The Ritz Side Car is pricey because of “rising costs and decreasing availability of Cognac,” Field said. He added that the hotel doesn’t sell a lot of Side Cars, but Field once sold six in one evening.
“But selling a lot was never the objective,” he said. “The creation and being the first was.”
Field said the drink “draws an immense interest from journalists worldwide and offers us an amazing amount of publicity.”
Moonshine at The Daytona
F&B outlets at The Daytona, a hotel located across from The Daytona International Speedway,* honor the roots of NASCAR during the Prohibition era by serving up cocktails that incorporate moonshine, Tejesh Patel, food and beverage director said via email.
The first NASCAR race was held in Daytona in 1948, and some of the participants were former moonshine bootleggers.
While the hotel serves moonshine cocktails, it also has a moonshine lighting ritual highlighting “the old folktale of making moonshine” for guests to experience, Patel said.
“In the past, moonshiners would burn the product to see if it was consumable, and if it burned blue, it was deemed to be safe. With our moonshine lighting ritual, we allow guests to experience a modern stimulating interpretation of moonshining during the Prohibition,” he said. “Our associates come and ignite moonshine on the tray, which then allows the visual of a blue flame to be present. While the moonshine is on fire, we have metal mule cups present in the back that also have moonshine ignited in them.
“We follow this by adding dashes of cinnamon into the ignited mule cups, which provide an aroma of toasted cinnamon in the air. As the flames in the cups die down, we utilize atomizers, filled with moonshine to create mini fireballs, providing a great optic of the moonshine burning. The moonshine is then chilled with ice, providing a cooling sound and filled with our No Speed Mocktail.”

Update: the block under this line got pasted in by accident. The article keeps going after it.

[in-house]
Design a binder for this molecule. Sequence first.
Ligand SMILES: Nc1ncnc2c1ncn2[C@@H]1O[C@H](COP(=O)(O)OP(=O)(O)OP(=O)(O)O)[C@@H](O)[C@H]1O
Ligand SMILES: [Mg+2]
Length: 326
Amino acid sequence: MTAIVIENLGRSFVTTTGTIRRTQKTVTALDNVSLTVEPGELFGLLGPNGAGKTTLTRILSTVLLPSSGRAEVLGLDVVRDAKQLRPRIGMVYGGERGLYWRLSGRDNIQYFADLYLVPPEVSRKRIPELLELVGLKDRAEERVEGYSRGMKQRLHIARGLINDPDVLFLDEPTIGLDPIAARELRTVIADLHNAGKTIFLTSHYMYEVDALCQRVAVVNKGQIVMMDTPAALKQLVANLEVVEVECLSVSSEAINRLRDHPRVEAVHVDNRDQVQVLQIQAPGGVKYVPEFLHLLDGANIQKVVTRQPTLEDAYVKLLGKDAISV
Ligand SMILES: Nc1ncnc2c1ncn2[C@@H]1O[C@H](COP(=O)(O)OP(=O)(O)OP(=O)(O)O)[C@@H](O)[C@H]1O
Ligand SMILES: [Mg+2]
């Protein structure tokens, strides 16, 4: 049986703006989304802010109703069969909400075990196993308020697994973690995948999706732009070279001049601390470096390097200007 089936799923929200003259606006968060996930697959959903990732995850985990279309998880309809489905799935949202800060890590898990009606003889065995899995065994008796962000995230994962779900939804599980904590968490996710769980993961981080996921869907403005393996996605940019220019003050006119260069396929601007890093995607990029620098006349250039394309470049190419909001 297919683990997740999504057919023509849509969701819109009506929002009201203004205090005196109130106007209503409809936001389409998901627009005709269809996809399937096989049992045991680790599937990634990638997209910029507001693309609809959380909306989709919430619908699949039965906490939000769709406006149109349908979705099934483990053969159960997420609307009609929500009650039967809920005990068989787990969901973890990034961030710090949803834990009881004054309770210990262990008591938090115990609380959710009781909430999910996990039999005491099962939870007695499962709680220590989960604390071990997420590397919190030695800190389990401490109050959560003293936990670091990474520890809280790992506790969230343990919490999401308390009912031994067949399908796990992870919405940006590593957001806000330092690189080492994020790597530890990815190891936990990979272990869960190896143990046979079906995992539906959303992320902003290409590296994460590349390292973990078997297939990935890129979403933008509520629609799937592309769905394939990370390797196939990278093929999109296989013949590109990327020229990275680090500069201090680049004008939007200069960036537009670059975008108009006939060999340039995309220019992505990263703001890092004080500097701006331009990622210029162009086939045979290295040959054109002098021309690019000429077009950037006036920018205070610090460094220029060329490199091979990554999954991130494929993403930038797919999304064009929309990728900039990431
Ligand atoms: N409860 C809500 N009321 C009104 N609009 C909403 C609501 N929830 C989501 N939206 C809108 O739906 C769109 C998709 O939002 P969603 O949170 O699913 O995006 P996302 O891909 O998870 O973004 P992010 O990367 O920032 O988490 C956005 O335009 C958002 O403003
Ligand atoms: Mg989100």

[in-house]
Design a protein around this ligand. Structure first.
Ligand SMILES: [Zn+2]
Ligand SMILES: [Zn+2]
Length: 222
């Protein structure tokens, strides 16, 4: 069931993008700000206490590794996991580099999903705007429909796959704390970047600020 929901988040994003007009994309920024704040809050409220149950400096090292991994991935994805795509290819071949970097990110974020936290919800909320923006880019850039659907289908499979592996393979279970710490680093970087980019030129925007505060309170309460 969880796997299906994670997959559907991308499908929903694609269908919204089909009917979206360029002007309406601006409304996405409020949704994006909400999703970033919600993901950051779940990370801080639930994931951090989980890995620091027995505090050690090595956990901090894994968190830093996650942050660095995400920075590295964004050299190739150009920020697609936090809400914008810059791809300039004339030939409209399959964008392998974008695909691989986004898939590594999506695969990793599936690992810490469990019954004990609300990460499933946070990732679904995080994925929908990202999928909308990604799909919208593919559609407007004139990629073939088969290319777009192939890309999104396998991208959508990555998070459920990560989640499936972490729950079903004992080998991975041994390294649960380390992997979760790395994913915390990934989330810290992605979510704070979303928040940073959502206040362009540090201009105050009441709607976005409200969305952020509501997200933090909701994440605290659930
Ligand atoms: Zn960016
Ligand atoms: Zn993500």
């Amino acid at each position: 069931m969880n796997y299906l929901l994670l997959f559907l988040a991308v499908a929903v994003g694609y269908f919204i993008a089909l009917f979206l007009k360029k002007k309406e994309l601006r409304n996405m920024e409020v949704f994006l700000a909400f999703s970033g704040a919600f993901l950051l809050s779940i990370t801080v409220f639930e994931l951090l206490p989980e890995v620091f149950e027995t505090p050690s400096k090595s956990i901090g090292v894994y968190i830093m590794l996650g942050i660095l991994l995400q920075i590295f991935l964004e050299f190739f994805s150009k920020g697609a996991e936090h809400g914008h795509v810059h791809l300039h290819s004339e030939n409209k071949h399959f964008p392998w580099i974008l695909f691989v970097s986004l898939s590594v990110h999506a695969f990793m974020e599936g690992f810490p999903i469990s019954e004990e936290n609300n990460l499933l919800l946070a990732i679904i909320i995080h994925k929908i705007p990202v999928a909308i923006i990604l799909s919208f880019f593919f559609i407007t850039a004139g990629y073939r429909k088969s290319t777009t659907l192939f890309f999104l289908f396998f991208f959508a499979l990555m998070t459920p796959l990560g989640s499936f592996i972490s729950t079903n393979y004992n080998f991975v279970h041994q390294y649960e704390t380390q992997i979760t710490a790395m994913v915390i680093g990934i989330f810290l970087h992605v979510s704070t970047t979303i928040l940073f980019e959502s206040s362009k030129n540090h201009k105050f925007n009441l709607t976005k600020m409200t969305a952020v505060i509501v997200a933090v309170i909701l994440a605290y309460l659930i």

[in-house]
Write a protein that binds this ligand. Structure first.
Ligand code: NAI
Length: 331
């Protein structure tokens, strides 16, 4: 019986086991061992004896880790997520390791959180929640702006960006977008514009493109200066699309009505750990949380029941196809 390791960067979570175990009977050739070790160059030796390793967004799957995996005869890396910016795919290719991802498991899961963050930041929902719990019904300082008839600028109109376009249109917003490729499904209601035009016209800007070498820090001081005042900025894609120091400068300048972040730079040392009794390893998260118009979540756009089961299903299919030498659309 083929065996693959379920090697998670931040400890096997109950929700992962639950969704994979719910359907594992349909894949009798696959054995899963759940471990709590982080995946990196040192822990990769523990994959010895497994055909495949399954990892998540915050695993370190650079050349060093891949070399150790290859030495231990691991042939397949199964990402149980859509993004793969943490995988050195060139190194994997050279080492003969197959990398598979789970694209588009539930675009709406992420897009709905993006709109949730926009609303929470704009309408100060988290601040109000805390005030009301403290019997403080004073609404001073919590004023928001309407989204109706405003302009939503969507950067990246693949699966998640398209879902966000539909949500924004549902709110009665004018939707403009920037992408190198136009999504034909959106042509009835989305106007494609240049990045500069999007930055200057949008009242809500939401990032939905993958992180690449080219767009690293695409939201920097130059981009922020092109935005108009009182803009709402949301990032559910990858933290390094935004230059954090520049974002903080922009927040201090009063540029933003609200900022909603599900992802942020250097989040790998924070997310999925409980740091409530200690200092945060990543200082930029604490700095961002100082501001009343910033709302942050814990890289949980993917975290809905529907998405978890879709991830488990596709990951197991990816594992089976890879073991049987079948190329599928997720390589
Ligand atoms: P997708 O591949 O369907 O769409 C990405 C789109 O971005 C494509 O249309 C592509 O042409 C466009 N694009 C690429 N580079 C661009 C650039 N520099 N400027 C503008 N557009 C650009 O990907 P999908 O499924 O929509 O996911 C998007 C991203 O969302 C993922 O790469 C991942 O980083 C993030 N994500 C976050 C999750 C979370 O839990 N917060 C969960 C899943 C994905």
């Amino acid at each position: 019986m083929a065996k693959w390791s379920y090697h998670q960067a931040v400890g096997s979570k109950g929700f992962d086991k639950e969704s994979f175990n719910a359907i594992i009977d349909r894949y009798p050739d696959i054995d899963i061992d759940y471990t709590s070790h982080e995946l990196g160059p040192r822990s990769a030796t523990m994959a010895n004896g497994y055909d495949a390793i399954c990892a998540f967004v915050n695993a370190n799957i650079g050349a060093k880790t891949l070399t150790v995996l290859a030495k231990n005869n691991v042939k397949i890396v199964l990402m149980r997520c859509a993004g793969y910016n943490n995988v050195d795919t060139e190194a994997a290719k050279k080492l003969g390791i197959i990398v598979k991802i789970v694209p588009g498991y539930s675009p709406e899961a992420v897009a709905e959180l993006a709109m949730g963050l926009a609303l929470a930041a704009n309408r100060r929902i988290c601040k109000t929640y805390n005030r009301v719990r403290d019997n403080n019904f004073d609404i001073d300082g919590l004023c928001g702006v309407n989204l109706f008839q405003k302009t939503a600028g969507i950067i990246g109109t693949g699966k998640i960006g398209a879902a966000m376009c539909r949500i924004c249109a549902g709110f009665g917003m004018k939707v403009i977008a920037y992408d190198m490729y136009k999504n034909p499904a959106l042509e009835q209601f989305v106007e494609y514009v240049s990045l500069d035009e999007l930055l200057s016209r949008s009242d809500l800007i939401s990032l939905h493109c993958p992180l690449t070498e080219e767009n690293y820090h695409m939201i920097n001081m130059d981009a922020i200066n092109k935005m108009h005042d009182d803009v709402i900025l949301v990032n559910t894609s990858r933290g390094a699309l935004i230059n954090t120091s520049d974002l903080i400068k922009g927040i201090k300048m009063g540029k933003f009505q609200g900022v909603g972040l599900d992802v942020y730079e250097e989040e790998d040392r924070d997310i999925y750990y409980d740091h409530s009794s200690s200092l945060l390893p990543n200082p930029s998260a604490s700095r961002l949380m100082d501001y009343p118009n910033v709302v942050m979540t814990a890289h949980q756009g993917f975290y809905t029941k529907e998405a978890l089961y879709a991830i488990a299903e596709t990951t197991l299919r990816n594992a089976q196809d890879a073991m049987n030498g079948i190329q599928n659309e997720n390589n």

Patel added that the history of moonshine is depicted at the hotel’s Blue Flame bar* and that the team is asked to tell guests about moonshine cocktails.
“This includes starting with the history of bootlegging, how moonshining started, and the modern evolution as we know it today,” he said. “Our stories, whether it's our cocktail names or increased knowledge about the era, provides the guests a chance to experience and learn while drinking their favorite moonshine-based beverage.”
W Washington D.C.’s “The Bi-Partisan”
At POV at the W Washington D.C., the hotel located close to the White House serves a cocktail called The Bi-Partisan, which features a “red recipe” and a “blue recipe” served on a functioning golden scale, Garth Welsh, director of beverage and food, said via email.
Here are the ingredients for the drinks on each side of the scale:
W D.C. is all about “crossing the party line,” which is what the drink speaks to, he said.
“We’re the hotel closest to the White House and have a long history of being at the center of the city’s political and social scene,” he said. “There’s nothing better than sipping on this cocktail while overlooking the National Monument and taking in the D.C. views.”
The hotel recently underwent a $50-million renovation, and the drink debuted on the new menu with the re-opening of the POV restaurant.
“We had so many people asking about the ‘new’ POV in anticipation of its re-opening,” Welsh said. “POV is one of the few places in the city where you can see visitors and locals rubbing elbows, celebrities and politicians chatting over a drink, be it a working lunch, happy hour, a night cap or for one of our regular events like POV Live, our live music series.”
*Correction, 8 July 2019: This story has been updated to clarify the location of The Daytona hotel and the name of its bar.